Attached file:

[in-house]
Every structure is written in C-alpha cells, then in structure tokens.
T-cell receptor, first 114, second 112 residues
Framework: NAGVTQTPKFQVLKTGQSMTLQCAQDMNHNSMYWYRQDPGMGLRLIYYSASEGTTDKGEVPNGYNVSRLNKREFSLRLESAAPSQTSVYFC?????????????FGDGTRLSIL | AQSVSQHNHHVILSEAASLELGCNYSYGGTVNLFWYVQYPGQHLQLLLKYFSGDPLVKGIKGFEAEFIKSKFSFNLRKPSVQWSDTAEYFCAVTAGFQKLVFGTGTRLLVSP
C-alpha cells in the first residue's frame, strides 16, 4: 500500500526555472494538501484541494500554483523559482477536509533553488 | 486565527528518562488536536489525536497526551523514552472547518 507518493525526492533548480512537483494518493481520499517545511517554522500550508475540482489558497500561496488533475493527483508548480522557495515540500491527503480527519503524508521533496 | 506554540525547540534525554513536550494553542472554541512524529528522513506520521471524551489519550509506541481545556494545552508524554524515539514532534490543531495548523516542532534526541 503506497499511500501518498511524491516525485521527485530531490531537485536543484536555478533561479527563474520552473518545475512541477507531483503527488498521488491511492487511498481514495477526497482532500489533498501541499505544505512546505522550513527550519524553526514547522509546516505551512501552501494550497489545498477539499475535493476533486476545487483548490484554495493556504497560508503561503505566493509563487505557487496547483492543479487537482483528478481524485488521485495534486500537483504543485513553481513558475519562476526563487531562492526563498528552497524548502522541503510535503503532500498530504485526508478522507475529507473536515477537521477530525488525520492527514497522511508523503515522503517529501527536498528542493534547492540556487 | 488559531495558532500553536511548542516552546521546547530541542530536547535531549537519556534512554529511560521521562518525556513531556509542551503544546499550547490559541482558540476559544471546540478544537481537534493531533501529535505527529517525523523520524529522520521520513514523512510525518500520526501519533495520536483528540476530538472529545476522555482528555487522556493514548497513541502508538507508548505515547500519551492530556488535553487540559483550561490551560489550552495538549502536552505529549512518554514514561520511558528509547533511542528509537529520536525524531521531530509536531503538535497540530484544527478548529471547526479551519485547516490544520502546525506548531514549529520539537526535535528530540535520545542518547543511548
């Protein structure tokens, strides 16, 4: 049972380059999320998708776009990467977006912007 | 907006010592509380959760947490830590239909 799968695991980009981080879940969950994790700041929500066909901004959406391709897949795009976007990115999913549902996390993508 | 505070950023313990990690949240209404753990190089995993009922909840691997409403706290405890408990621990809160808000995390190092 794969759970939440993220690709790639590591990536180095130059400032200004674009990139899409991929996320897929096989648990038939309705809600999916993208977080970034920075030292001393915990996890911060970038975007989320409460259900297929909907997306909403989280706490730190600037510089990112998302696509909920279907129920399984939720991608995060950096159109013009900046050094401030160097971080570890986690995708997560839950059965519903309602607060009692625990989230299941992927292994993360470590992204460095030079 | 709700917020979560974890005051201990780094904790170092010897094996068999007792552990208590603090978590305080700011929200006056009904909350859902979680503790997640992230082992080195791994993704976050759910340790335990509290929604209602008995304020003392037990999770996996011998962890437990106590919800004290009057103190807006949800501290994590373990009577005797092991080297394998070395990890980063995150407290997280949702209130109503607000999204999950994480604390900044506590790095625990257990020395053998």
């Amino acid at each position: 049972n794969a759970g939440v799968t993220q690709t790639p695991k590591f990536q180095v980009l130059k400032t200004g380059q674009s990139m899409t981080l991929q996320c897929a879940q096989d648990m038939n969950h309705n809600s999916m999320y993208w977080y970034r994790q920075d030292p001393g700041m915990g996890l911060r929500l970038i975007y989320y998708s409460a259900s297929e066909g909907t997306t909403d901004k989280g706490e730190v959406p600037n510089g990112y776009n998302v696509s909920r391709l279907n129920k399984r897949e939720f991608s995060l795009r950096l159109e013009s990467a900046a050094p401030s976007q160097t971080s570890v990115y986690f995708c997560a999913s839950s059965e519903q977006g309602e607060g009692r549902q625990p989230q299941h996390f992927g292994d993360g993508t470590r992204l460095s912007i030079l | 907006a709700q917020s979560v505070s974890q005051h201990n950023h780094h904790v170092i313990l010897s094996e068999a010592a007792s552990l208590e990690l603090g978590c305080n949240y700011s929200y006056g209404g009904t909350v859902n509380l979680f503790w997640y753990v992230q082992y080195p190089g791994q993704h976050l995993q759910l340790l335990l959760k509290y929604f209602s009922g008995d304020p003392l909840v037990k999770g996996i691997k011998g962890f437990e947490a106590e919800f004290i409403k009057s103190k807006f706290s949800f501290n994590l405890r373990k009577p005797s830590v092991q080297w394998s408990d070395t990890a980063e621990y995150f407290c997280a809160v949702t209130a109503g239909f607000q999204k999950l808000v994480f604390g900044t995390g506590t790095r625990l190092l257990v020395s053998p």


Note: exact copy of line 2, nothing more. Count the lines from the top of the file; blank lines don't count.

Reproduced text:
Every structure is written in C-alpha cells, then in structure tokens.